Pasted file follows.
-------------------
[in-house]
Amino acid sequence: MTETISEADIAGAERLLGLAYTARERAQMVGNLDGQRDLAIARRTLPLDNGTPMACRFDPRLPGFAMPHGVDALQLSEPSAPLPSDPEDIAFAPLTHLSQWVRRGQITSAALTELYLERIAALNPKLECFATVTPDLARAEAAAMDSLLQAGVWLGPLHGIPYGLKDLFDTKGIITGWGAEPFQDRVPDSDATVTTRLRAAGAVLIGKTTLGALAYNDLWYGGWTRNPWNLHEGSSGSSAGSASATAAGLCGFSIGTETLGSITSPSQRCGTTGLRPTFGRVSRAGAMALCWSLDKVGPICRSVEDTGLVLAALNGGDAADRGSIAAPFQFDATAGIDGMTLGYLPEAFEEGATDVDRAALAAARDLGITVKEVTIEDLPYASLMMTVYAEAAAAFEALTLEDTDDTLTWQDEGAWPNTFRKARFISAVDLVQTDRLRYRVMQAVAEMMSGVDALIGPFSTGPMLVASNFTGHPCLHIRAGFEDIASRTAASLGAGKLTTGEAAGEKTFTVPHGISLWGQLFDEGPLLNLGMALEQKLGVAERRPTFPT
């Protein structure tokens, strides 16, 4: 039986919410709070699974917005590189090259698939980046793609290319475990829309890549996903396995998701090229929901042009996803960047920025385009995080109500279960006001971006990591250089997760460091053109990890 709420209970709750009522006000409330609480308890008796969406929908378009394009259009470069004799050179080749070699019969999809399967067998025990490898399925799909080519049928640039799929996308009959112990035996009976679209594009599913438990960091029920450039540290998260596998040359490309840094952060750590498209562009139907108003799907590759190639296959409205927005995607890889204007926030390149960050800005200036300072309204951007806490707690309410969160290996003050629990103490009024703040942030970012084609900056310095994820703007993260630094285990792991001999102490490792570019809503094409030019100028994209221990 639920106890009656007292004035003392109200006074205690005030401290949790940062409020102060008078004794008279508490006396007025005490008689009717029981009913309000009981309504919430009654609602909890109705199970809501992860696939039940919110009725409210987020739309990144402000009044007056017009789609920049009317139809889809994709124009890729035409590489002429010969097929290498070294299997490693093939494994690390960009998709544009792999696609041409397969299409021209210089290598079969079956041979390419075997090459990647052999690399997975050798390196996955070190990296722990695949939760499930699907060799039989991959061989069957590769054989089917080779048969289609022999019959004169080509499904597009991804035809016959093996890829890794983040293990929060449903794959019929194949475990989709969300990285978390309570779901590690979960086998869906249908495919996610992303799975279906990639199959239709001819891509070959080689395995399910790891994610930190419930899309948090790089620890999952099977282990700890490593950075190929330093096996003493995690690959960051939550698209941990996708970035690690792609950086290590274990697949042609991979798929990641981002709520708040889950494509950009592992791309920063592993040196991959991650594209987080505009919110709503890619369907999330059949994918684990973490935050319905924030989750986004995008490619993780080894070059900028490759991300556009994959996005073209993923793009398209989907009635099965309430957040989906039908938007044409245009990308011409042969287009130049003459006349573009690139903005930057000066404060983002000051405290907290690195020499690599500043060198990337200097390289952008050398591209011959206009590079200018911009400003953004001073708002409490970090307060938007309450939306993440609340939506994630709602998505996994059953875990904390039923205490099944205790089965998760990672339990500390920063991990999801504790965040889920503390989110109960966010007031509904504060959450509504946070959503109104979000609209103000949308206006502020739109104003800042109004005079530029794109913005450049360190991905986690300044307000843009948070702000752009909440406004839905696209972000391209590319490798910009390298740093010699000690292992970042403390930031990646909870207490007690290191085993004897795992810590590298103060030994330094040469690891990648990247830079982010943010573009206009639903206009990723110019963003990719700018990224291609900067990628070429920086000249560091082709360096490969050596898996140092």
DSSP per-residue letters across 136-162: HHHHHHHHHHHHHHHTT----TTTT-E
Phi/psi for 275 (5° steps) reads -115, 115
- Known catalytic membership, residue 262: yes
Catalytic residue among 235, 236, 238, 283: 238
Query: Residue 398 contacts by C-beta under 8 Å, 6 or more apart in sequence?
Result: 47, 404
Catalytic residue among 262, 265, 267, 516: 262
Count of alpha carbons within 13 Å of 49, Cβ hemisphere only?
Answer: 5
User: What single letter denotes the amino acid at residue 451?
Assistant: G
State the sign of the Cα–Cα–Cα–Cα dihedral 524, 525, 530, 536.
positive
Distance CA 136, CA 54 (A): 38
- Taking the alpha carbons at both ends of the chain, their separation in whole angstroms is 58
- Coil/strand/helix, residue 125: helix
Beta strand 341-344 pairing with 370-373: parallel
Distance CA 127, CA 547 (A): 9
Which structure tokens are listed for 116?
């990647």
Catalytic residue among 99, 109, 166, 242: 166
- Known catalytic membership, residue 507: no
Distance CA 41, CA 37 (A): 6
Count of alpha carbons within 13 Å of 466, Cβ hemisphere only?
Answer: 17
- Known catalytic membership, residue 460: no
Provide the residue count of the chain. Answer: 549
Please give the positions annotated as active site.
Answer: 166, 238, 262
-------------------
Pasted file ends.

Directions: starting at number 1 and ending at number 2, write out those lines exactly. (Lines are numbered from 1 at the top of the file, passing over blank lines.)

[in-house]
Amino acid sequence: MTETISEADIAGAERLLGLAYTARERAQMVGNLDGQRDLAIARRTLPLDNGTPMACRFDPRLPGFAMPHGVDALQLSEPSAPLPSDPEDIAFAPLTHLSQWVRRGQITSAALTELYLERIAALNPKLECFATVTPDLARAEAAAMDSLLQAGVWLGPLHGIPYGLKDLFDTKGIITGWGAEPFQDRVPDSDATVTTRLRAAGAVLIGKTTLGALAYNDLWYGGWTRNPWNLHEGSSGSSAGSASATAAGLCGFSIGTETLGSITSPSQRCGTTGLRPTFGRVSRAGAMALCWSLDKVGPICRSVEDTGLVLAALNGGDAADRGSIAAPFQFDATAGIDGMTLGYLPEAFEEGATDVDRAALAAARDLGITVKEVTIEDLPYASLMMTVYAEAAAAFEALTLEDTDDTLTWQDEGAWPNTFRKARFISAVDLVQTDRLRYRVMQAVAEMMSGVDALIGPFSTGPMLVASNFTGHPCLHIRAGFEDIASRTAASLGAGKLTTGEAAGEKTFTVPHGISLWGQLFDEGPLLNLGMALEQKLGVAERRPTFPT